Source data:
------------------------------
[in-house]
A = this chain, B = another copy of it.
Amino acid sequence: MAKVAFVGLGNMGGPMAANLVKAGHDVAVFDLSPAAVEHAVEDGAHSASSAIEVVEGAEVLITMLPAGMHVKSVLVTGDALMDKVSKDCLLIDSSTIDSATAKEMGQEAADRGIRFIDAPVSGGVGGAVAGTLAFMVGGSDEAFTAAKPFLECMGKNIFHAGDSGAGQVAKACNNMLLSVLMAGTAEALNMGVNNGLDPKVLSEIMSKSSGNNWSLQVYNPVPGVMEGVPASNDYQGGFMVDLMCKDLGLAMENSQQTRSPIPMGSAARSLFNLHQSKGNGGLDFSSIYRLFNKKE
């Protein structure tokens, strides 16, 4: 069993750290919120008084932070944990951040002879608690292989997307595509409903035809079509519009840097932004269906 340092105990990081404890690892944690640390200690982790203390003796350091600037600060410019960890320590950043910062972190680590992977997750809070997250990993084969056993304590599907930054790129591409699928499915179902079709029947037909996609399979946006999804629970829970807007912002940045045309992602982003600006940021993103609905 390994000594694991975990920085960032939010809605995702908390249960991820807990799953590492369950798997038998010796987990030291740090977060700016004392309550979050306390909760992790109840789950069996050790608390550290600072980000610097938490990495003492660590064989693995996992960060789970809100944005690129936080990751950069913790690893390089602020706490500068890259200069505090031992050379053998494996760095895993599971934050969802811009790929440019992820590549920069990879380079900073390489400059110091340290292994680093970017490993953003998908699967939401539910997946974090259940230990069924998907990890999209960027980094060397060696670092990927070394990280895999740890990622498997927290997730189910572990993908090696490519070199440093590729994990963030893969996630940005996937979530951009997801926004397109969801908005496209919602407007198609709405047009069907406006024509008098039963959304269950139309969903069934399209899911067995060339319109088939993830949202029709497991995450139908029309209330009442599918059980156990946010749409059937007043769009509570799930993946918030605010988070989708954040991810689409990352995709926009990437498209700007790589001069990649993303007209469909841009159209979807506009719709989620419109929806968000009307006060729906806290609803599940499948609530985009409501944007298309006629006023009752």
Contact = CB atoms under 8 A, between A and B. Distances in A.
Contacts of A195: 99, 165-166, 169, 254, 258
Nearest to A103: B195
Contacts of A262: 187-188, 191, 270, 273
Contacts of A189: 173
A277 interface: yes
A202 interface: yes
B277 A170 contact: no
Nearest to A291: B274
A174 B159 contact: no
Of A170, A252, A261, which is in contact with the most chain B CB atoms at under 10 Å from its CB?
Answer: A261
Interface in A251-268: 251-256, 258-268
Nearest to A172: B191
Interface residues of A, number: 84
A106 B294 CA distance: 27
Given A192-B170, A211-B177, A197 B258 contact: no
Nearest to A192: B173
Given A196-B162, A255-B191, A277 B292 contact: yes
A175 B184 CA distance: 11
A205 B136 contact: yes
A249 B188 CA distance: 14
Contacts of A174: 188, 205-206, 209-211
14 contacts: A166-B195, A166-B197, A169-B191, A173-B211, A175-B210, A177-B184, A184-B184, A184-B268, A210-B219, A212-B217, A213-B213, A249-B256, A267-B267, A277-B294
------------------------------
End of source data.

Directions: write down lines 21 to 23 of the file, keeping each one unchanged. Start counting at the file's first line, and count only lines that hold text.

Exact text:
Given A192-B170, A211-B177, A197 B258 contact: no
Nearest to A192: B173
Given A196-B162, A255-B191, A277 B292 contact: yes